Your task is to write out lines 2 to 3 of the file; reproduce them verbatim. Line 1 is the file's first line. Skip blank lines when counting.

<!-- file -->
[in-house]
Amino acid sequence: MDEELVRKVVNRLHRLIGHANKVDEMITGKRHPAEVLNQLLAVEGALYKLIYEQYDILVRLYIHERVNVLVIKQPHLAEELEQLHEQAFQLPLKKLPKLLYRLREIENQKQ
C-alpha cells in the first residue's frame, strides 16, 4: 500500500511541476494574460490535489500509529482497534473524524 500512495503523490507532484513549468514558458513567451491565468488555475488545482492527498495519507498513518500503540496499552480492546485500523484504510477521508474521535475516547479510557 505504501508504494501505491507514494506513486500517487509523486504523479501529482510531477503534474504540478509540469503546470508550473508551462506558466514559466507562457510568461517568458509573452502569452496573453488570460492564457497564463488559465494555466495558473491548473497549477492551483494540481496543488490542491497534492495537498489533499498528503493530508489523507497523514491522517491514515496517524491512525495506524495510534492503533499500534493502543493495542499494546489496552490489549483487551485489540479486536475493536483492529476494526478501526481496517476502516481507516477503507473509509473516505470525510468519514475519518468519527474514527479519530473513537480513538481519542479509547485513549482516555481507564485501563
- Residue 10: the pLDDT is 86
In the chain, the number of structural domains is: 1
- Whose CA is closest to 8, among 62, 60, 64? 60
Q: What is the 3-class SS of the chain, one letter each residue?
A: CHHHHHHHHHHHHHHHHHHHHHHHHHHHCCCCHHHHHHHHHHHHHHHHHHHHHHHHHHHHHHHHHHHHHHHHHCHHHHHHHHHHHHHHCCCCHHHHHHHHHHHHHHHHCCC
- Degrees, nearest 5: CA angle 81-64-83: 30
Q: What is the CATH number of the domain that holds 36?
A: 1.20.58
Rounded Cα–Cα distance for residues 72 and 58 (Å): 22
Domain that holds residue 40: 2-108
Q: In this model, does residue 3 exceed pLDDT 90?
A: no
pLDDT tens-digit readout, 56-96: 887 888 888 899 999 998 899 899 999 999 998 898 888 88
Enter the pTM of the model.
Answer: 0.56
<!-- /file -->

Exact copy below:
Amino acid sequence: MDEELVRKVVNRLHRLIGHANKVDEMITGKRHPAEVLNQLLAVEGALYKLIYEQYDILVRLYIHERVNVLVIKQPHLAEELEQLHEQAFQLPLKKLPKLLYRLREIENQKQ
C-alpha cells in the first residue's frame, strides 16, 4: 500500500511541476494574460490535489500509529482497534473524524 500512495503523490507532484513549468514558458513567451491565468488555475488545482492527498495519507498513518500503540496499552480492546485500523484504510477521508474521535475516547479510557 505504501508504494501505491507514494506513486500517487509523486504523479501529482510531477503534474504540478509540469503546470508550473508551462506558466514559466507562457510568461517568458509573452502569452496573453488570460492564457497564463488559465494555466495558473491548473497549477492551483494540481496543488490542491497534492495537498489533499498528503493530508489523507497523514491522517491514515496517524491512525495506524495510534492503533499500534493502543493495542499494546489496552490489549483487551485489540479486536475493536483492529476494526478501526481496517476502516481507516477503507473509509473516505470525510468519514475519518468519527474514527479519530473513537480513538481519542479509547485513549482516555481507564485501563